Hip and elbow dysplasia are probably the main conditions that some Labrador breeders have focused on and for a significant period now. However, there are some other conditions (which may not be as prevalent) that some Labrador breeders also screen their breeding dogs for.

This includes (for example) Progressive Retinal Atrophy (PRA) and Exercise Induced Collapse (EIC). Please note that many dog breeds are affected by various conditions, not just the Labrador. But as the Labrador has been so very popular and for such a long time now, screening for various conditions advanced also.

In relation to PRA and EIC, puppy parents can be screened by DNA testing.

All of our puppy parents are not only screened for hip dysplasia and elbow dysplasia, but also for PRA and EIC.

We have noticed that some breeders will make various claims, such as ‘screened for all known diseases’, etc. We find this difficult to believe, as there are numerous ‘known diseases’, not just those mentioned above (which are the main ones screened for).

yellow labrador at beach with surfer

 

How to treat for Heartworm?

In our opinion, all of our pups should be regularly treated with a heartworm preventative medicine. This should start by no later than the age of six months (and preferably earlier).

We have found the once-per-month treatments to be most suitable (eg Proheart etc). For the budget-minded, you can purchase the extra-large dog tablets (ie for 46 – 68kg). These can be broken into half (for administering to an adult Labrador up to 34kg), which works out to be very cost-effective.

 

Labradors and Hip Dysplasia?

Labradors, like many other animals and breeds of dogs, can be inflicted with a hip condition known as hip dysplasia. And it is reported that there can be various factors that can cause and/or contribute to this, such as (for example) diet, exercise, trauma, genetics, etc.

The analogy seems to be similar to humans and arthritis. That is (for example) whether your parent/s are or are not affected by arthritis, does not necessarily mean you will or will not be also affected by it. But, obviously, the greater the effect on the parents, then it would seem that the risk of the offspring also being affected is increased.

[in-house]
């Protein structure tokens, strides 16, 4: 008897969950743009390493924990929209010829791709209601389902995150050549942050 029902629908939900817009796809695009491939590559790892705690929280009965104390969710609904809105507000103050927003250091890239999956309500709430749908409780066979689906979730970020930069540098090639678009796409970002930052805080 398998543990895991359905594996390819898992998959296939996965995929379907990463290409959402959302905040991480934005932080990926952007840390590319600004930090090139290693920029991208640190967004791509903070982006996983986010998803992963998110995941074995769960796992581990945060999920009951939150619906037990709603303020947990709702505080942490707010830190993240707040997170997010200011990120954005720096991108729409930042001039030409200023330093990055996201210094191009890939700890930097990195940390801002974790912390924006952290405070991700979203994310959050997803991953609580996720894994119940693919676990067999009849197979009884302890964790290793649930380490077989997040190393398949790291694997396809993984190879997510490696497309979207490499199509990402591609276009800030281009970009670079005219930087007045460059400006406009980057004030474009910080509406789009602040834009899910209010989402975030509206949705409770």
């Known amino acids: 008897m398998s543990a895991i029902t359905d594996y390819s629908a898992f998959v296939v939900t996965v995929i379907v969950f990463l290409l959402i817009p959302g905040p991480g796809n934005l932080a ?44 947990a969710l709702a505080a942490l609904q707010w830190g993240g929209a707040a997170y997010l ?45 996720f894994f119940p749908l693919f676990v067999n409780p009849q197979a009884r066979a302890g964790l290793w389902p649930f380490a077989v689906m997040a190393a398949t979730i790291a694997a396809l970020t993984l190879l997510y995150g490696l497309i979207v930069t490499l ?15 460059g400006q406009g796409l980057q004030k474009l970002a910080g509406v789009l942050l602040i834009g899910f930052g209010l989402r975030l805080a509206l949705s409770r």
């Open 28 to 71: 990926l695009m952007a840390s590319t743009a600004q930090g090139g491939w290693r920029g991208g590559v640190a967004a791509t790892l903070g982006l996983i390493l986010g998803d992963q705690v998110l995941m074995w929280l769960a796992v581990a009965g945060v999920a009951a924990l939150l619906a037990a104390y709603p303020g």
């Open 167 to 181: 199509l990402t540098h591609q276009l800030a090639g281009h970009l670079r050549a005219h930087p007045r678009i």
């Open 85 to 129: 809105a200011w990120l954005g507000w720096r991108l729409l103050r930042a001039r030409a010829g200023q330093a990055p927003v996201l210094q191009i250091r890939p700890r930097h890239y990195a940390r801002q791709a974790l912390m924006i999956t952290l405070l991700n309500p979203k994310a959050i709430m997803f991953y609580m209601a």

The following quote also seems relevant and may be of interest:

“Studies indicate the more normal the parents, on average, the more disease free their offspring and the less severe the disease would be if it did occur. In one study, normal parents resulted in 64 – 81% normal offspring and 19 – 36% dysplastic offspring. While with diseased parents only 7 – 37% of offspring were normal and 63 – 93% were abnormal. We also know high growth rates, high levels of dietary supplementation of vitamins and minerals and lots of exercise increases the risk and severity of Hip Dysplasia. “(Dr F. Anderson, 2000)

So, it seems sensible to purchase a puppy from a breeder who has had their breeding stock appropriately screened. And, once you have the puppy, then it also seems wise to take at least some precautions, such as with diet, exercise, etc.

 

What are Hip Scores for Labradors?

There is a growing trend for future puppy owners to ascertain the hip score details of the pup’s parents. That is, the hip score being the score or rating allocated by a veterinarian following the assessment of x-rays of the hips.

The general idea being to only use those dogs that have been appropriately screened, for breeding, so as to hopefully minimise the risks of hip problems (eg hip dysplasia) for the pups.

The system for ‘scoring’ the hips involves making an assessment for each hip and against nine separate criteria, which include:

  • Norberg angle
  • Subluxation
  • Cranial acetabular edge
  • Dorsal acetabular edge
  • Cranial effective acetabular rim